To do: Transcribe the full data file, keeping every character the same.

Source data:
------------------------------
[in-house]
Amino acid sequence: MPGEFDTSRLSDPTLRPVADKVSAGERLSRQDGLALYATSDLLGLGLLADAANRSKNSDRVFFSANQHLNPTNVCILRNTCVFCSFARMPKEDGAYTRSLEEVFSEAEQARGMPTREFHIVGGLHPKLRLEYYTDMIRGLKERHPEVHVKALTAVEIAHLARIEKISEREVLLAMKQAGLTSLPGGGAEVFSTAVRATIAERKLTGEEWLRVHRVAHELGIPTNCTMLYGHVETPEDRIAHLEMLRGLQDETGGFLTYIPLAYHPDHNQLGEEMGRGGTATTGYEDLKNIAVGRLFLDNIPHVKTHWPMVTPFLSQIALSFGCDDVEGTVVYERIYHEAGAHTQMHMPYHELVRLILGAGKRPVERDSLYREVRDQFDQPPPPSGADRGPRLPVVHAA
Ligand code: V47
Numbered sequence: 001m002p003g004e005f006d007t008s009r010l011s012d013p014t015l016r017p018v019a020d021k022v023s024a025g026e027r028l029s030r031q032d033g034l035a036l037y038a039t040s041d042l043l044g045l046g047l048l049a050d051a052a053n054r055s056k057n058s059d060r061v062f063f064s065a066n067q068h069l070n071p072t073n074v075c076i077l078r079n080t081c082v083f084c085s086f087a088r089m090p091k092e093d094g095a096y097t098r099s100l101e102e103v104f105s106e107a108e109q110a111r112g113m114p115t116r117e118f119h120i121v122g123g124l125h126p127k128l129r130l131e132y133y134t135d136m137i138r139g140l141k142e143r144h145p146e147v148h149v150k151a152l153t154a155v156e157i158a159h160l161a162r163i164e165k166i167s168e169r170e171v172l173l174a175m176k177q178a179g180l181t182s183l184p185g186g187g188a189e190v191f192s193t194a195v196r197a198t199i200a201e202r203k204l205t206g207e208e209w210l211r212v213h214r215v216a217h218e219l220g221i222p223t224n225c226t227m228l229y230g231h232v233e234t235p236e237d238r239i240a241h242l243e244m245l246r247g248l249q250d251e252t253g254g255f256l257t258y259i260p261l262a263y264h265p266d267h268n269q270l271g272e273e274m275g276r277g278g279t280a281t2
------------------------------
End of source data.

[in-house]
Amino acid sequence: MPGEFDTSRLSDPTLRPVADKVSAGERLSRQDGLALYATSDLLGLGLLADAANRSKNSDRVFFSANQHLNPTNVCILRNTCVFCSFARMPKEDGAYTRSLEEVFSEAEQARGMPTREFHIVGGLHPKLRLEYYTDMIRGLKERHPEVHVKALTAVEIAHLARIEKISEREVLLAMKQAGLTSLPGGGAEVFSTAVRATIAERKLTGEEWLRVHRVAHELGIPTNCTMLYGHVETPEDRIAHLEMLRGLQDETGGFLTYIPLAYHPDHNQLGEEMGRGGTATTGYEDLKNIAVGRLFLDNIPHVKTHWPMVTPFLSQIALSFGCDDVEGTVVYERIYHEAGAHTQMHMPYHELVRLILGAGKRPVERDSLYREVRDQFDQPPPPSGADRGPRLPVVHAA
Ligand code: V47
Numbered sequence: 001m002p003g004e005f006d007t008s009r010l011s012d013p014t015l016r017p018v019a020d021k022v023s024a025g026e027r028l029s030r031q032d033g034l035a036l037y038a039t040s041d042l043l044g045l046g047l048l049a050d051a052a053n054r055s056k057n058s059d060r061v062f063f064s065a066n067q068h069l070n071p072t073n074v075c076i077l078r079n080t081c082v083f084c085s086f087a088r089m090p091k092e093d094g095a096y097t098r099s100l101e102e103v104f105s106e107a108e109q110a111r112g113m114p115t116r117e118f119h120i121v122g123g124l125h126p127k128l129r130l131e132y133y134t135d136m137i138r139g140l141k142e143r144h145p146e147v148h149v150k151a152l153t154a155v156e157i158a159h160l161a162r163i164e165k166i167s168e169r170e171v172l173l174a175m176k177q178a179g180l181t182s183l184p185g186g187g188a189e190v191f192s193t194a195v196r197a198t199i200a201e202r203k204l205t206g207e208e209w210l211r212v213h214r215v216a217h218e219l220g221i222p223t224n225c226t227m228l229y230g231h232v233e234t235p236e237d238r239i240a241h242l243e244m245l246r247g248l249q250d251e252t253g254g255f256l257t258y259i260p261l262a263y264h265p266d267h268n269q270l271g272e273e274m275g276r277g278g279t280a281t2